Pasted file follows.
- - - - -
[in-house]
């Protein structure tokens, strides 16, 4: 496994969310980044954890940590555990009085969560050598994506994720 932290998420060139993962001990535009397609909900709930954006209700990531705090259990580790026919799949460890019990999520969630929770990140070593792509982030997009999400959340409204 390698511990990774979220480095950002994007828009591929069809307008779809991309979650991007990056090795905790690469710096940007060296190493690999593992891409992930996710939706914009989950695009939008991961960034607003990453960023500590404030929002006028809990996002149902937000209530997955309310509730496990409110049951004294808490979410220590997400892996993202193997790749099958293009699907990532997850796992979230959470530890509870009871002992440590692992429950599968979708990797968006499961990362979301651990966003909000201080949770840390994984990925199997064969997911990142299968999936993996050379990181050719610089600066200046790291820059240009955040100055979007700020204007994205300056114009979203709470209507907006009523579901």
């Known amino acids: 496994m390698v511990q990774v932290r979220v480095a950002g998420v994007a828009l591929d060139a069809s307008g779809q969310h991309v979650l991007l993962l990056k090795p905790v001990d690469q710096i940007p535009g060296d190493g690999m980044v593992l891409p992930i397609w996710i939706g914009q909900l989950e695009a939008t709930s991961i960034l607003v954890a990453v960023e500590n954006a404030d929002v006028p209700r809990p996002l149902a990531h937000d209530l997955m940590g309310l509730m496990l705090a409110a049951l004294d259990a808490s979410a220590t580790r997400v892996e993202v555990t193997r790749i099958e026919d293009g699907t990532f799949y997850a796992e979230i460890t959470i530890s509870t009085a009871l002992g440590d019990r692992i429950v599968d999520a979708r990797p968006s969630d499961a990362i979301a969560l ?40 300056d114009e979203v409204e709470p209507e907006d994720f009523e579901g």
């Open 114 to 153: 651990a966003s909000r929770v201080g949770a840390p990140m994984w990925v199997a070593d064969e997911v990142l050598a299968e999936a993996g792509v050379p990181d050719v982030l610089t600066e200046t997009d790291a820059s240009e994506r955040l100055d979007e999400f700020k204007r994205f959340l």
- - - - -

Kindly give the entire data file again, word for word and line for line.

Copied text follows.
[in-house]
């Protein structure tokens, strides 16, 4: 496994969310980044954890940590555990009085969560050598994506994720 932290998420060139993962001990535009397609909900709930954006209700990531705090259990580790026919799949460890019990999520969630929770990140070593792509982030997009999400959340409204 390698511990990774979220480095950002994007828009591929069809307008779809991309979650991007990056090795905790690469710096940007060296190493690999593992891409992930996710939706914009989950695009939008991961960034607003990453960023500590404030929002006028809990996002149902937000209530997955309310509730496990409110049951004294808490979410220590997400892996993202193997790749099958293009699907990532997850796992979230959470530890509870009871002992440590692992429950599968979708990797968006499961990362979301651990966003909000201080949770840390994984990925199997064969997911990142299968999936993996050379990181050719610089600066200046790291820059240009955040100055979007700020204007994205300056114009979203709470209507907006009523579901």
């Known amino acids: 496994m390698v511990q990774v932290r979220v480095a950002g998420v994007a828009l591929d060139a069809s307008g779809q969310h991309v979650l991007l993962l990056k090795p905790v001990d690469q710096i940007p535009g060296d190493g690999m980044v593992l891409p992930i397609w996710i939706g914009q909900l989950e695009a939008t709930s991961i960034l607003v954890a990453v960023e500590n954006a404030d929002v006028p209700r809990p996002l149902a990531h937000d209530l997955m940590g309310l509730m496990l705090a409110a049951l004294d259990a808490s979410a220590t580790r997400v892996e993202v555990t193997r790749i099958e026919d293009g699907t990532f799949y997850a796992e979230i460890t959470i530890s509870t009085a009871l002992g440590d019990r692992i429950v599968d999520a979708r990797p968006s969630d499961a990362i979301a969560l ?40 300056d114009e979203v409204e709470p209507e907006d994720f009523e579901g």
């Open 114 to 153: 651990a966003s909000r929770v201080g949770a840390p990140m994984w990925v199997a070593d064969e997911v990142l050598a299968e999936a993996g792509v050379p990181d050719v982030l610089t600066e200046t997009d790291a820059s240009e994506r955040l100055d979007e999400f700020k204007r994205f959340l």